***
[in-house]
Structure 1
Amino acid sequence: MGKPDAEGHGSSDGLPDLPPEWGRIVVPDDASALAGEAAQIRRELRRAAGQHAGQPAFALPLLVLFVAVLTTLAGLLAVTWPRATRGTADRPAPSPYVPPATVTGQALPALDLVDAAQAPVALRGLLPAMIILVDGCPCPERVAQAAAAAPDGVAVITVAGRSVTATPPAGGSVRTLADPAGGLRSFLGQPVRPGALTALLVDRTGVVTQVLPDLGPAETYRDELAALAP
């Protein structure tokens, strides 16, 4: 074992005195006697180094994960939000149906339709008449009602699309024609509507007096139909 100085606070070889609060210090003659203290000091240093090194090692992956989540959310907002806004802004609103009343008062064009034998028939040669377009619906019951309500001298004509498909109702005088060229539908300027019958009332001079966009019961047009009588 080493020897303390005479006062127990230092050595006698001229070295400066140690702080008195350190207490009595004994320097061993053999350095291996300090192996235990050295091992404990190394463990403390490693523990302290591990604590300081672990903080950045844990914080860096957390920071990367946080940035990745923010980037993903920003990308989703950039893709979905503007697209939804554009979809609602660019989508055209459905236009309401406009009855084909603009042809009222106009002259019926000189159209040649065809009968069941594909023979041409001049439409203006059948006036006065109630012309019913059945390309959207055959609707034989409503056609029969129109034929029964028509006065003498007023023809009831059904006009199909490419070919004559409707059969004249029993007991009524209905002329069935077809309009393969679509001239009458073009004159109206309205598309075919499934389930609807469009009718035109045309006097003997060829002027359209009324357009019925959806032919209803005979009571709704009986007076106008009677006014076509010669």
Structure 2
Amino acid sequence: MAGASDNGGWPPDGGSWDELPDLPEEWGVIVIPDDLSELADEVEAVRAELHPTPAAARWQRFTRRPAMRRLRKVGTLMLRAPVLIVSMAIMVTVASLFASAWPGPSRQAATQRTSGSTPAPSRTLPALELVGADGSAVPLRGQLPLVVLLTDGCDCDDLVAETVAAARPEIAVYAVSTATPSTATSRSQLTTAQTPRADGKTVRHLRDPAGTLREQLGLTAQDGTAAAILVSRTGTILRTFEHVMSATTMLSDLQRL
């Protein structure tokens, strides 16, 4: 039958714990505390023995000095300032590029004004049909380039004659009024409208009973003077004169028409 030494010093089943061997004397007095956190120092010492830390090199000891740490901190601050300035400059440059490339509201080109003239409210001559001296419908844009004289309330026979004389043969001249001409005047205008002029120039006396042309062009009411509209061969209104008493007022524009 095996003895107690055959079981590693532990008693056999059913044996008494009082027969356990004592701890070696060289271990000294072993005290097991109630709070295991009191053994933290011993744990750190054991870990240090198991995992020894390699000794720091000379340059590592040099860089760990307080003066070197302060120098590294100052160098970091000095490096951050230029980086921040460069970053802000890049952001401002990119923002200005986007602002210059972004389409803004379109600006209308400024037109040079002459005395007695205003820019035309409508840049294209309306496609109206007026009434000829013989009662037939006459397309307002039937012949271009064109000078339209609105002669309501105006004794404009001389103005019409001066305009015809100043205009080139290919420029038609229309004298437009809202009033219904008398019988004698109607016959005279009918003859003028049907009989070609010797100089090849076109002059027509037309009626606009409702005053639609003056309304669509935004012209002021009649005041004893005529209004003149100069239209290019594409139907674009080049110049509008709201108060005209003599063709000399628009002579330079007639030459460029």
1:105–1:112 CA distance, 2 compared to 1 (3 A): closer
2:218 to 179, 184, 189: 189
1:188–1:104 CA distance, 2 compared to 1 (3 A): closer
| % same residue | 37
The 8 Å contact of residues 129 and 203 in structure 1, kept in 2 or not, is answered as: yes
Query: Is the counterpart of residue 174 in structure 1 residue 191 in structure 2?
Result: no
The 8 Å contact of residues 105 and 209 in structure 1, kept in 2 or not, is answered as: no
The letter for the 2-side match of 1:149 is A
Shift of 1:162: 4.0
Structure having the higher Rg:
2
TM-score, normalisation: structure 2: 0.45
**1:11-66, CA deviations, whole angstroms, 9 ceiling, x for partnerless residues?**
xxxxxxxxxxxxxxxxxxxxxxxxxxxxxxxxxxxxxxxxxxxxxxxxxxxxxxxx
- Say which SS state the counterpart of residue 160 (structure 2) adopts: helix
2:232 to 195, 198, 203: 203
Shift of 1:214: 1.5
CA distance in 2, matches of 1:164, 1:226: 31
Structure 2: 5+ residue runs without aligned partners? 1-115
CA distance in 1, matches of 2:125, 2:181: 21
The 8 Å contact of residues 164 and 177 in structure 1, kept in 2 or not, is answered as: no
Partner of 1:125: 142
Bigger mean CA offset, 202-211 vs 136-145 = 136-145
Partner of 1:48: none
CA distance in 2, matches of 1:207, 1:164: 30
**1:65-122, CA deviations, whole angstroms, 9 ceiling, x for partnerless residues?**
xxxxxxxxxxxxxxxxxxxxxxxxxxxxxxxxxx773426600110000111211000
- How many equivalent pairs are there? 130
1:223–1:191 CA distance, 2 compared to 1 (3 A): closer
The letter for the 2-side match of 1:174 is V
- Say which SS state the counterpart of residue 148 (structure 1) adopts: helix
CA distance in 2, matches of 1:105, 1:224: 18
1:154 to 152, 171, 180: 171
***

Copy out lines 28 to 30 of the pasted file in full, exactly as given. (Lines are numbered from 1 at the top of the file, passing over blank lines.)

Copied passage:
CA distance in 1, matches of 2:125, 2:181: 21
The 8 Å contact of residues 164 and 177 in structure 1, kept in 2 or not, is answered as: no
Partner of 1:125: 142